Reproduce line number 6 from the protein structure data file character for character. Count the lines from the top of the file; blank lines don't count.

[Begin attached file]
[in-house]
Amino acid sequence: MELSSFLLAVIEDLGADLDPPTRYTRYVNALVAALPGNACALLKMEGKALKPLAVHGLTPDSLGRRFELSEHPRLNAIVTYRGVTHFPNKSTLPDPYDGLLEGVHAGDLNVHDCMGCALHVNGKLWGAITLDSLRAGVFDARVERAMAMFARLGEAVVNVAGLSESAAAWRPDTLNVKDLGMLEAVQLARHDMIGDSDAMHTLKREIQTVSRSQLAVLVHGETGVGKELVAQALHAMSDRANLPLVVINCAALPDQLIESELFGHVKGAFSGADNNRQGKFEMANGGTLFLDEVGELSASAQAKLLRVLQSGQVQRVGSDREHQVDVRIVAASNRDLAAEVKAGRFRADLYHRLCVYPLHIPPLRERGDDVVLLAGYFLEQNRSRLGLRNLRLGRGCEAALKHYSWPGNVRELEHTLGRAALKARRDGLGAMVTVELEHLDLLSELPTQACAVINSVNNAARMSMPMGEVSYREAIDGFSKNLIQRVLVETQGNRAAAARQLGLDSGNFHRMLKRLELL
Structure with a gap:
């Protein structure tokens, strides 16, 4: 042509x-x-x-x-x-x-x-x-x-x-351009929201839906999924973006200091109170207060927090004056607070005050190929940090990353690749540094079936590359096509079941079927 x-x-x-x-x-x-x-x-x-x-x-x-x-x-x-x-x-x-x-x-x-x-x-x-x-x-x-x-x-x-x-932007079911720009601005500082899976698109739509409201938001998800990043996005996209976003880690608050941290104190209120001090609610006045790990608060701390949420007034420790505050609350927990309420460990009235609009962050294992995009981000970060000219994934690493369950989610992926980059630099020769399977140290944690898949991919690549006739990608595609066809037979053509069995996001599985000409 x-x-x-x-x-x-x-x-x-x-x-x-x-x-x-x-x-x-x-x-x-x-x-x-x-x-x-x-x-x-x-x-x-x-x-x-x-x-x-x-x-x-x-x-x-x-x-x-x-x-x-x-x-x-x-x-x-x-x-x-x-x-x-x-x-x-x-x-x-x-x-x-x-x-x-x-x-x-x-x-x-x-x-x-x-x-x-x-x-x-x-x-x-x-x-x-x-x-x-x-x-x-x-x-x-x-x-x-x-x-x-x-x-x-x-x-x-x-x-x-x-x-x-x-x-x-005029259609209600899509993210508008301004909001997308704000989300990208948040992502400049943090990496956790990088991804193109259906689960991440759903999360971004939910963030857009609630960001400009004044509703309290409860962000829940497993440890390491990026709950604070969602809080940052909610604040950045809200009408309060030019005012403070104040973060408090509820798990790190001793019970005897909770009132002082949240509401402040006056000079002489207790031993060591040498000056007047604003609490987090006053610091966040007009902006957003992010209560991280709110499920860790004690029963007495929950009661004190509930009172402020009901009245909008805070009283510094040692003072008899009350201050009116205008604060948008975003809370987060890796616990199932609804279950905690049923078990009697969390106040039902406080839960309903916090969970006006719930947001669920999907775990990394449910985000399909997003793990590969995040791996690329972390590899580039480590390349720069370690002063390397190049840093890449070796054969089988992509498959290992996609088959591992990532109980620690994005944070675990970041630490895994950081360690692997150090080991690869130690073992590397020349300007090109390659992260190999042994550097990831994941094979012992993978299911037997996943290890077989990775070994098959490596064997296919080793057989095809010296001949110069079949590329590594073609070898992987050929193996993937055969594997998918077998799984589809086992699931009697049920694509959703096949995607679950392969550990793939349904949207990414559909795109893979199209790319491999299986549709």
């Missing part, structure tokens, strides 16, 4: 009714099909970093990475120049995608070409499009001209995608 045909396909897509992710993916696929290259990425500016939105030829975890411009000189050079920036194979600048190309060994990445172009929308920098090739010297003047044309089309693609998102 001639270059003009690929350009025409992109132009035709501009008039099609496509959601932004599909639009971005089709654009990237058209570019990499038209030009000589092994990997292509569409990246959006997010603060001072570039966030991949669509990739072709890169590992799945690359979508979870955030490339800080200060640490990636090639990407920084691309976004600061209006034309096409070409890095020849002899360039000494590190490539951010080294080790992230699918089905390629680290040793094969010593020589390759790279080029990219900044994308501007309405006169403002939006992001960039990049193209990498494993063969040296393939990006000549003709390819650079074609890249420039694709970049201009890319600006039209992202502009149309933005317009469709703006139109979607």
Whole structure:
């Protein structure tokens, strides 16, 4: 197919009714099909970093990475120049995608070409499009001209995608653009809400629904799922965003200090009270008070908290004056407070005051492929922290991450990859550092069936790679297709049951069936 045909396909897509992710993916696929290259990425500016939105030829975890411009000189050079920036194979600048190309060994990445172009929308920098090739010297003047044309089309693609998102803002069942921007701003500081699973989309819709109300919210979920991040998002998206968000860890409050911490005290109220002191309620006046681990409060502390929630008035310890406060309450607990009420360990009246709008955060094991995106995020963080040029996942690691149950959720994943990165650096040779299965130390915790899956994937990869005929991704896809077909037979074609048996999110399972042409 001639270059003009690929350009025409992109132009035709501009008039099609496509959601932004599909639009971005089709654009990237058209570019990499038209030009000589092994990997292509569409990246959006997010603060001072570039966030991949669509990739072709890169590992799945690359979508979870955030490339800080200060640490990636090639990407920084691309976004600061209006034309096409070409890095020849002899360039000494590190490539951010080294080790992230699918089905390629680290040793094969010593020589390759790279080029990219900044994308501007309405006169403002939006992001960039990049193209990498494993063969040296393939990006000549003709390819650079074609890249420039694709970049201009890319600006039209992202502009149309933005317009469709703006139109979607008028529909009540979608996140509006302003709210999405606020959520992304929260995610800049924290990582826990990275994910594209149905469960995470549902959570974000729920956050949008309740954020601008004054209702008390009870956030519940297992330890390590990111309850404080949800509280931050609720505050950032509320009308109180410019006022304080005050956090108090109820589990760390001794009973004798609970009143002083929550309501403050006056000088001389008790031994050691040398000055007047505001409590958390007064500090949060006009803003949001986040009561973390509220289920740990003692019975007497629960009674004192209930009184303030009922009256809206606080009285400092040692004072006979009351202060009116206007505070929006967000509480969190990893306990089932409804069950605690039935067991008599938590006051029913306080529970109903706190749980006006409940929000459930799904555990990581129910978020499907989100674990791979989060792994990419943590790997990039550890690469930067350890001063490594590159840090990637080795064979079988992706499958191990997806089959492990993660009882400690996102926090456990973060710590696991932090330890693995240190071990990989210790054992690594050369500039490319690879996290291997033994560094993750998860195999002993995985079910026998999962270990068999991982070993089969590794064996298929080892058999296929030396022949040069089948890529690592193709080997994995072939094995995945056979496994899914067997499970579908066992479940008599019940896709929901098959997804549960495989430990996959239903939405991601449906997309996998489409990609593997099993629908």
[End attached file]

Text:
Whole structure: